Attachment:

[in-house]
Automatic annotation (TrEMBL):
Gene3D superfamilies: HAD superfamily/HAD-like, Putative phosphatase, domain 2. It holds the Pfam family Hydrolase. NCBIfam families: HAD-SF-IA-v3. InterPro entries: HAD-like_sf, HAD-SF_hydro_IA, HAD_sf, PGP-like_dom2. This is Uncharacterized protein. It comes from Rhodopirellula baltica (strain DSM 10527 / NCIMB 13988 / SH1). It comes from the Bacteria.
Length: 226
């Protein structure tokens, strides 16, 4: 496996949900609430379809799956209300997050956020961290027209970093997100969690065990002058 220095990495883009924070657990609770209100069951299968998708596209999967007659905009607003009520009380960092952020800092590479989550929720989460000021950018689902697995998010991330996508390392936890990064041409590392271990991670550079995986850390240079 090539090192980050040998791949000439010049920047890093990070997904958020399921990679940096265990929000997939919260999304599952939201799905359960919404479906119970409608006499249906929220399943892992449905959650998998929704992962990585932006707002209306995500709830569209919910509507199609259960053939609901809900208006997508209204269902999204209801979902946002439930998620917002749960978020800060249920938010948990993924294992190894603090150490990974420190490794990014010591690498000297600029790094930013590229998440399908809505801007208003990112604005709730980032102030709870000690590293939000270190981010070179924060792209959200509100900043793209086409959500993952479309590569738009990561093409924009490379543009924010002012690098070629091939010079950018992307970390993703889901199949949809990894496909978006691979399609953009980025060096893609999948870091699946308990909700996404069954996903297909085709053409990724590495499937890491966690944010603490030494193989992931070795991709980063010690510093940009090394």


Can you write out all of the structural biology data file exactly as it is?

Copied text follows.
[in-house]
Automatic annotation (TrEMBL):
Gene3D superfamilies: HAD superfamily/HAD-like, Putative phosphatase, domain 2. It holds the Pfam family Hydrolase. NCBIfam families: HAD-SF-IA-v3. InterPro entries: HAD-like_sf, HAD-SF_hydro_IA, HAD_sf, PGP-like_dom2. This is Uncharacterized protein. It comes from Rhodopirellula baltica (strain DSM 10527 / NCIMB 13988 / SH1). It comes from the Bacteria.
Length: 226
């Protein structure tokens, strides 16, 4: 496996949900609430379809799956209300997050956020961290027209970093997100969690065990002058 220095990495883009924070657990609770209100069951299968998708596209999967007659905009607003009520009380960092952020800092590479989550929720989460000021950018689902697995998010991330996508390392936890990064041409590392271990991670550079995986850390240079 090539090192980050040998791949000439010049920047890093990070997904958020399921990679940096265990929000997939919260999304599952939201799905359960919404479906119970409608006499249906929220399943892992449905959650998998929704992962990585932006707002209306995500709830569209919910509507199609259960053939609901809900208006997508209204269902999204209801979902946002439930998620917002749960978020800060249920938010948990993924294992190894603090150490990974420190490794990014010591690498000297600029790094930013590229998440399908809505801007208003990112604005709730980032102030709870000690590293939000270190981010070179924060792209959200509100900043793209086409959500993952479309590569738009990561093409924009490379543009924010002012690098070629091939010079950018992307970390993703889901199949949809990894496909978006691979399609953009980025060096893609999948870091699946308990909700996404069954996903297909085709053409990724590495499937890491966690944010603490030494193989992931070795991709980063010690510093940009090394």